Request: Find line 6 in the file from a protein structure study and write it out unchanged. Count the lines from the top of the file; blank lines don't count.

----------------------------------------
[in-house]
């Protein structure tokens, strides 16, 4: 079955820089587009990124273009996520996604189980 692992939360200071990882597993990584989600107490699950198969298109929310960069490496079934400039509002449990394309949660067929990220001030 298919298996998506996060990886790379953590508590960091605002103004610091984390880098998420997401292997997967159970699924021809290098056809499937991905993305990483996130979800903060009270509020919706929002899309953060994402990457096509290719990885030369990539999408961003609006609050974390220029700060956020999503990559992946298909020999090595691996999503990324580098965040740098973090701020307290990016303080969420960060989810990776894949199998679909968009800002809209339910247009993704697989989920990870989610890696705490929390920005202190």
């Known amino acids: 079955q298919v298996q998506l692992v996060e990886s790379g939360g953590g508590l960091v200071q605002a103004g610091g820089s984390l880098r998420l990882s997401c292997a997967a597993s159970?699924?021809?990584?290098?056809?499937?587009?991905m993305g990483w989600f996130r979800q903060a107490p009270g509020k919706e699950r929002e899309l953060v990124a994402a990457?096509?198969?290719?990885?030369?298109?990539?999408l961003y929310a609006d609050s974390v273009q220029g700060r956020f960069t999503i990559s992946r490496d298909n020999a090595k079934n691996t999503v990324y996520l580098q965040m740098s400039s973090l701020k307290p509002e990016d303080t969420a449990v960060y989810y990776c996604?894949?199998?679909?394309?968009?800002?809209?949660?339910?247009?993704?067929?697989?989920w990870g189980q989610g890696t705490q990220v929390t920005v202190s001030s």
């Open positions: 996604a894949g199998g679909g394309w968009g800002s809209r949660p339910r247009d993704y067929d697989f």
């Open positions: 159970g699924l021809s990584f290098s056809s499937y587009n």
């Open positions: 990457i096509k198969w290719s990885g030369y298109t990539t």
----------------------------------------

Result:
């Open positions: 990457i096509k198969w290719s990885g030369y298109t990539t």